At first I didn’t recognize the low bass of Eazy-E’s “Real Mutha__ckin’ Gs” piping through dad’s surprisingly strong stock speakers at unnaturally high volume. I did, however, catch on when I heard Eazy’s harsh whisper of “Ahhhhhh, real mutha__ckin’ Gs.” My hand, quick as lightning, shot for the eject button. My old man, faster than lightning, slapped my hand away. I tried again. My hand, again, was knocked harmlessly away. My father was Bruce-freaking-Lee, instinctually blocking my attempts to get at that eject button as if he saw my moves long before I even thought of them, one after the other.

By now we were at the first verse, “Hey yo docta’ here’s another proper track and it’s phat, watch the sniper…time to pay the piper…” My spirit sunk. Dad, however, slid back in his seat like an OG homie, body cocked a bit to the side with his left wrist casually on the wheel, bobbing his head along with the beat, thwarting my maneuvers for the eject button with his other hand like Neo. I was fully panic-stricken at this point. “Don’t touch that button, beotch. This is good $hiz!” We drove along, bumping The Eaze for at least 2 minutes…dad bangin’ in the drivers seat. I was crying at this point. I tried one last time to get the disc out of the player and this time he let me pass his guard, pulling the car over as I took the disc and broke it in half. Silently he handed me the other discs that my bloodhound mother had unearthed. I snapped each of them in turn.

“Ty, what are you doing listening to this music? This is terrible music. It’s offensive and wrong.” I quietly cried. “Please stop listening to it. Never bring it into our home again. Deal?” “Deal”, I squeaked. “Ok. Let’s go to your school.”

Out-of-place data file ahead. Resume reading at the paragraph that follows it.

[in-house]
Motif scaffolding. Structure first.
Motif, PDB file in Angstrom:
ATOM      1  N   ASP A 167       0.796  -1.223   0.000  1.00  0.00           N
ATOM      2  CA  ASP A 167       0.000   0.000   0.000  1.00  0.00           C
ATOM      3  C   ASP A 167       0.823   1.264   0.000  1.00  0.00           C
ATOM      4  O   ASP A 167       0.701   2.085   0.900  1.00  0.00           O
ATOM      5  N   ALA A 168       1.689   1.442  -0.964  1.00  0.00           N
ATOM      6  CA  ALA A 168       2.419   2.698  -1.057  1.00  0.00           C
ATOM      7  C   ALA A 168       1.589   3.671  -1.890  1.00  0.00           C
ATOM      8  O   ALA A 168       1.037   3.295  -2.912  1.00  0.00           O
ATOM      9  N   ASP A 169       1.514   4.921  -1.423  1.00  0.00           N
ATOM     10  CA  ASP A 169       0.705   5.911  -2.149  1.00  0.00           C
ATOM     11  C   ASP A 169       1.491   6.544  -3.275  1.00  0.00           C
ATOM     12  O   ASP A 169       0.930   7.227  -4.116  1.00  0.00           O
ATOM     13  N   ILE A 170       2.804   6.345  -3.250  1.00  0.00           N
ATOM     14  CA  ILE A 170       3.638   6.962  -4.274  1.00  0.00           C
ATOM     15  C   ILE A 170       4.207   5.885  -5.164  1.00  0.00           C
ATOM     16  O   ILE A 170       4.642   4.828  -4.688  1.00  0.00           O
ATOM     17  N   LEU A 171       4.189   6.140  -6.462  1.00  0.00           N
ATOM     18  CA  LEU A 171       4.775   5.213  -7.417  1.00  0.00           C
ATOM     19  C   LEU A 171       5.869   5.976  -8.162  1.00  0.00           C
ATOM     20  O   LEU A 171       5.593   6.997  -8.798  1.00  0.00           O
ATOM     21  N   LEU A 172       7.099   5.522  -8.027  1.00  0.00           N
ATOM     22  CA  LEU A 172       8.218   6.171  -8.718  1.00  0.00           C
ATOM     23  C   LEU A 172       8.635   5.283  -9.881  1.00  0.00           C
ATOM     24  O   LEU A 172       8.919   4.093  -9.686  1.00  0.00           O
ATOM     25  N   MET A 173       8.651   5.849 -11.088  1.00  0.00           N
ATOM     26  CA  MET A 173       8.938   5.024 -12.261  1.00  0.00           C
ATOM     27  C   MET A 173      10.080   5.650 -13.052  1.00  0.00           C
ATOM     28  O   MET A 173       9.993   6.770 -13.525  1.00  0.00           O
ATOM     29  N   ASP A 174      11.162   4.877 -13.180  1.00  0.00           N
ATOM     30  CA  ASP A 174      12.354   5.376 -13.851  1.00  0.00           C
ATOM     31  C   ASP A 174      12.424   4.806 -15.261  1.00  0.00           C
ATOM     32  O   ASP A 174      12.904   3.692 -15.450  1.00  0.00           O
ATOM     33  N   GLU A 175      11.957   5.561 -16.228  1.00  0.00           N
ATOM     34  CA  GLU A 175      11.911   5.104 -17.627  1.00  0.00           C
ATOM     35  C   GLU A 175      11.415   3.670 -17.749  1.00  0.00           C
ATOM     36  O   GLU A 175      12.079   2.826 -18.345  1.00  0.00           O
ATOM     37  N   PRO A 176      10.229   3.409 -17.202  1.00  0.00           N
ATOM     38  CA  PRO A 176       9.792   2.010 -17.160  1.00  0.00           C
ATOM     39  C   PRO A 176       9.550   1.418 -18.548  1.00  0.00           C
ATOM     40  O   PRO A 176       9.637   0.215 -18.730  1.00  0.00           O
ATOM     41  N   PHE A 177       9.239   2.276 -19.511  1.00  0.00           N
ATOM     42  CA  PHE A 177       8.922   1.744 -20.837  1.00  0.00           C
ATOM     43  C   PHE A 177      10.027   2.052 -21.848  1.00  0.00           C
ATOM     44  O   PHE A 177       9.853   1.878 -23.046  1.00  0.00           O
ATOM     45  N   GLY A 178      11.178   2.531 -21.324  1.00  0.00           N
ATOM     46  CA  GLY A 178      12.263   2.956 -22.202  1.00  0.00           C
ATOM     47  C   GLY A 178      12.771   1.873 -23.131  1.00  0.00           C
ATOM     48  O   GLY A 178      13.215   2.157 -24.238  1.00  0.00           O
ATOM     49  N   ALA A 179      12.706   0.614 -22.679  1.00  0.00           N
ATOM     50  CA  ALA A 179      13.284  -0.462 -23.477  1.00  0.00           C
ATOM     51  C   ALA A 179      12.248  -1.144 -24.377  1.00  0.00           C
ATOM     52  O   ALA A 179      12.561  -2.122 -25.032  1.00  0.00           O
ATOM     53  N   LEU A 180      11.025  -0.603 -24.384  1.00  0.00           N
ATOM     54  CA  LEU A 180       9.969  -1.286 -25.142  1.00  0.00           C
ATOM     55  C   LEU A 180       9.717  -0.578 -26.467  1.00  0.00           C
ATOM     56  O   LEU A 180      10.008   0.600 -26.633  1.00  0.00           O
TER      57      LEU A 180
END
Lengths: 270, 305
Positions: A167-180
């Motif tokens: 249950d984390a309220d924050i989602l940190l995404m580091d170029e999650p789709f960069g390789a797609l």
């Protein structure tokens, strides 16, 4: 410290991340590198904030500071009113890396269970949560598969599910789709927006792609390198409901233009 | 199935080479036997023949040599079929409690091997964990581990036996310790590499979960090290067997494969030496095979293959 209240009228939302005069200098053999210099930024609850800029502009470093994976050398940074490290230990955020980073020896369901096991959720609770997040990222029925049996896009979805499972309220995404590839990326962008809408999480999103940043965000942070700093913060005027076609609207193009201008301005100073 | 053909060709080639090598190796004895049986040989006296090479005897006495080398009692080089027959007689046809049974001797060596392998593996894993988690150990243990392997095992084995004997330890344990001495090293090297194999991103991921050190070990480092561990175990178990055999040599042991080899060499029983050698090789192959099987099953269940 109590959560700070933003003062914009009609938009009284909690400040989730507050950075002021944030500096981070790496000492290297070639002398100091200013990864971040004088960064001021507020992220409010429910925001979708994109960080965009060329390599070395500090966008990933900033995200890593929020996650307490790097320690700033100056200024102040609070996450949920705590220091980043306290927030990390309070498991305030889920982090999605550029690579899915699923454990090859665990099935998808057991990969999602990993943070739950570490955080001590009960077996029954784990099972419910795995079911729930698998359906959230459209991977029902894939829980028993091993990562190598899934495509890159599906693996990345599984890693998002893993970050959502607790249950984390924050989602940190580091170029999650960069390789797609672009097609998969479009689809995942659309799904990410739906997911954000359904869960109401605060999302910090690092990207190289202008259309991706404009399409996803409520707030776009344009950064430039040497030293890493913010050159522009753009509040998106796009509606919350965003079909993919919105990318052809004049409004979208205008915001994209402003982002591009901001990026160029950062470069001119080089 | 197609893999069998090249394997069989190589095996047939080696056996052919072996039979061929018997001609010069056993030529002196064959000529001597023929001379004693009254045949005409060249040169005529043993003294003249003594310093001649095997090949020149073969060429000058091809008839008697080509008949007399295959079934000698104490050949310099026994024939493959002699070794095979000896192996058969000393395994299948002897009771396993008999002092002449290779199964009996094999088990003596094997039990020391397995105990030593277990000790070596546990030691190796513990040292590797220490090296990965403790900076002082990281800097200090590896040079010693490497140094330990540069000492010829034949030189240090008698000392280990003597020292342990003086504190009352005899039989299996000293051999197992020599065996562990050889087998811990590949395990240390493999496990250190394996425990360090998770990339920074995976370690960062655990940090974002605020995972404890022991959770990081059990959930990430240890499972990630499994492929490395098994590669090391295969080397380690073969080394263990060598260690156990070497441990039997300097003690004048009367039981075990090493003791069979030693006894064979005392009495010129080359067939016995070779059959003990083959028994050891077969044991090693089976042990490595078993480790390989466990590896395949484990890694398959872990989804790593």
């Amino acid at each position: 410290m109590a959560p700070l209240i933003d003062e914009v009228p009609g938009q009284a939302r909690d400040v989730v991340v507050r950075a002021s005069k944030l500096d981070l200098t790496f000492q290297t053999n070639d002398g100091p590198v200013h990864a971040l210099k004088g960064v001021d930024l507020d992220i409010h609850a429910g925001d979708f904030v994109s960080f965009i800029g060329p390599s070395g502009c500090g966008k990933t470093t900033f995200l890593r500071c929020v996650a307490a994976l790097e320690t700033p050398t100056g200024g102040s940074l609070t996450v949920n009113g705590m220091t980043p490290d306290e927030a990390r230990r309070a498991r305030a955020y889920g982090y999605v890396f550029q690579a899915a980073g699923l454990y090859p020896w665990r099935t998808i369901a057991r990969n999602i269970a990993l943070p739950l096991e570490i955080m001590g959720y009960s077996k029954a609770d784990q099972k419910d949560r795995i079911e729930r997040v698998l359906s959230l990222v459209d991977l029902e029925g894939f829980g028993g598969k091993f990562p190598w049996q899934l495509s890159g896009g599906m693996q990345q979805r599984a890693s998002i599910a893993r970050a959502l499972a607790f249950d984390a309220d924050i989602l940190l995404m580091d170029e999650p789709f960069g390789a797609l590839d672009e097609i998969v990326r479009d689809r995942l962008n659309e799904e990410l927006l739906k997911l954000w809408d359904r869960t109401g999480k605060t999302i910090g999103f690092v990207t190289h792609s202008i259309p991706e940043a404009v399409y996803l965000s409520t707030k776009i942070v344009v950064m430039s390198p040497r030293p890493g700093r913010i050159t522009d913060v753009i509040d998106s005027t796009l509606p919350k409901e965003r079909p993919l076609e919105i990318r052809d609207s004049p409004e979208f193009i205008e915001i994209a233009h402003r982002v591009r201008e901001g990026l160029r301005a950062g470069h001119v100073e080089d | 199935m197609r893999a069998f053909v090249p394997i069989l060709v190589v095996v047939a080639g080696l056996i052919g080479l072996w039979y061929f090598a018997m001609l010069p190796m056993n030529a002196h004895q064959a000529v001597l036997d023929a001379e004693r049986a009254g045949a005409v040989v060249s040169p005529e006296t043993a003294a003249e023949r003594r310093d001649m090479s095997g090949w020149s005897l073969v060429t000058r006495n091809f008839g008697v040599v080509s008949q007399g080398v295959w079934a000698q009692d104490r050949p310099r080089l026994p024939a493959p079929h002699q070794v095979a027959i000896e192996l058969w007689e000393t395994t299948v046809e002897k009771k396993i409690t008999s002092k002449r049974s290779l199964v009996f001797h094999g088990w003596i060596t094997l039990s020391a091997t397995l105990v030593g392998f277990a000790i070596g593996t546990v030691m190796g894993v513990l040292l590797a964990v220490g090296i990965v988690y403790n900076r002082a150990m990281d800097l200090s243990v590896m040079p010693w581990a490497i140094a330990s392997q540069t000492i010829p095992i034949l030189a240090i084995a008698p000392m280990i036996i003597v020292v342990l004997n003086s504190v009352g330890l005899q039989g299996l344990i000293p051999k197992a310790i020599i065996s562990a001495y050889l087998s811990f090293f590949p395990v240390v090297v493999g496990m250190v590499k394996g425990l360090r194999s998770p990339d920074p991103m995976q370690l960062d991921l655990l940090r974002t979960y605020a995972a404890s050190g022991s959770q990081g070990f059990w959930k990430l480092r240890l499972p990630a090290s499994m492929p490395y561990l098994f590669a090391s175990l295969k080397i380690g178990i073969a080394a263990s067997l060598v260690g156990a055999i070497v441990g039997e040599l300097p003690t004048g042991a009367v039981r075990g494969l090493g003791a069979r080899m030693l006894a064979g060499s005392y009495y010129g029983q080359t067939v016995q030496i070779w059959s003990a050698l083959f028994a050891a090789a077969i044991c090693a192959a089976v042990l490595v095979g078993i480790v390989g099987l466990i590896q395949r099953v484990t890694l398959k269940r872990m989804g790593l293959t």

Now parent teacher conference didn’t seem like such a big deal. It was trivial when compared to bumping Eazy E together with your sainted father. When we returned from the meetings, he and my mother went through all of my CDs and confiscated those that they thought had the remotest potential of being “evil.” To their credit, they previewed each of them and actually returned a few. That said, I still lost copies of “Porno for Pyros” (I’m sure they didn’t want me mixed up in either of those two things) and my “Meat Puppets – Too High to Die” album, which was totally lame because it was the furthest thing from offensive.

Naturally, I bought replacement copies of all those discs and still own them today.

I guess that if I had to be completely honest with myself, true to my soul, I wouldn’t be able to look you in the eye and say that Eazy E or Dre or Snoop or Cypress Hill is good to listen to. It’s probably offensive to the spirit and creates negative energy. I generally try to steer clear of complete and total honesty with self though. I dig the spice of life and brutal personal honesty creates blandness. It’s not an ignorance is bliss thing. It’s more of a “drink a Pepsi and try not to think about it” thing. Without rap, we’d have never been given Public Enemy’s “Fear of a Black Planet” and Vanilla’s “To the Extreme” which are both works of poetic genius. Art gets a free pass. Usually.

But most importantly, I need to tap into my inner Michael Bolton from time to time.